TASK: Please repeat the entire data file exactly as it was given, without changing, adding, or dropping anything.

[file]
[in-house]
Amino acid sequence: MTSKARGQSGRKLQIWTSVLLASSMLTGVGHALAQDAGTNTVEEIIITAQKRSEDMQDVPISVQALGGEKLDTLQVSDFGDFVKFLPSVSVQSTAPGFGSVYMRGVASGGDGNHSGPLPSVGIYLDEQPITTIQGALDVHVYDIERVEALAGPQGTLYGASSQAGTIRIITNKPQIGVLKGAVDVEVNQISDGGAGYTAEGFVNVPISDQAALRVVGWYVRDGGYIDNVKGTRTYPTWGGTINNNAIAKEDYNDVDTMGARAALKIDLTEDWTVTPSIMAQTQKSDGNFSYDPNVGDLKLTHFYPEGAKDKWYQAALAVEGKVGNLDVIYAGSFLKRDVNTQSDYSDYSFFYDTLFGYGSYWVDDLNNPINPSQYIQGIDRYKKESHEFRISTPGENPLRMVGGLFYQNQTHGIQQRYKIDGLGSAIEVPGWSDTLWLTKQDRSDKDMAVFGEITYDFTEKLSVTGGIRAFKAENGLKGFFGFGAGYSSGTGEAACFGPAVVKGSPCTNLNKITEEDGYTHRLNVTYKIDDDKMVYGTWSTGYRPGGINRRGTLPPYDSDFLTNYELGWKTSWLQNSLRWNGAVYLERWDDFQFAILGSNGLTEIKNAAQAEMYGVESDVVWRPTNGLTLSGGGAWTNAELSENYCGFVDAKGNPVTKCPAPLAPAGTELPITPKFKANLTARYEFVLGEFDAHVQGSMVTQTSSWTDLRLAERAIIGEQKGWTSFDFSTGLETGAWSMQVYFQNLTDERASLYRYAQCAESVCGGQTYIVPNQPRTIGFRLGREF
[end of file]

[in-house]
Amino acid sequence: MTSKARGQSGRKLQIWTSVLLASSMLTGVGHALAQDAGTNTVEEIIITAQKRSEDMQDVPISVQALGGEKLDTLQVSDFGDFVKFLPSVSVQSTAPGFGSVYMRGVASGGDGNHSGPLPSVGIYLDEQPITTIQGALDVHVYDIERVEALAGPQGTLYGASSQAGTIRIITNKPQIGVLKGAVDVEVNQISDGGAGYTAEGFVNVPISDQAALRVVGWYVRDGGYIDNVKGTRTYPTWGGTINNNAIAKEDYNDVDTMGARAALKIDLTEDWTVTPSIMAQTQKSDGNFSYDPNVGDLKLTHFYPEGAKDKWYQAALAVEGKVGNLDVIYAGSFLKRDVNTQSDYSDYSFFYDTLFGYGSYWVDDLNNPINPSQYIQGIDRYKKESHEFRISTPGENPLRMVGGLFYQNQTHGIQQRYKIDGLGSAIEVPGWSDTLWLTKQDRSDKDMAVFGEITYDFTEKLSVTGGIRAFKAENGLKGFFGFGAGYSSGTGEAACFGPAVVKGSPCTNLNKITEEDGYTHRLNVTYKIDDDKMVYGTWSTGYRPGGINRRGTLPPYDSDFLTNYELGWKTSWLQNSLRWNGAVYLERWDDFQFAILGSNGLTEIKNAAQAEMYGVESDVVWRPTNGLTLSGGGAWTNAELSENYCGFVDAKGNPVTKCPAPLAPAGTELPITPKFKANLTARYEFVLGEFDAHVQGSMVTQTSSWTDLRLAERAIIGEQKGWTSFDFSTGLETGAWSMQVYFQNLTDERASLYRYAQCAESVCGGQTYIVPNQPRTIGFRLGREF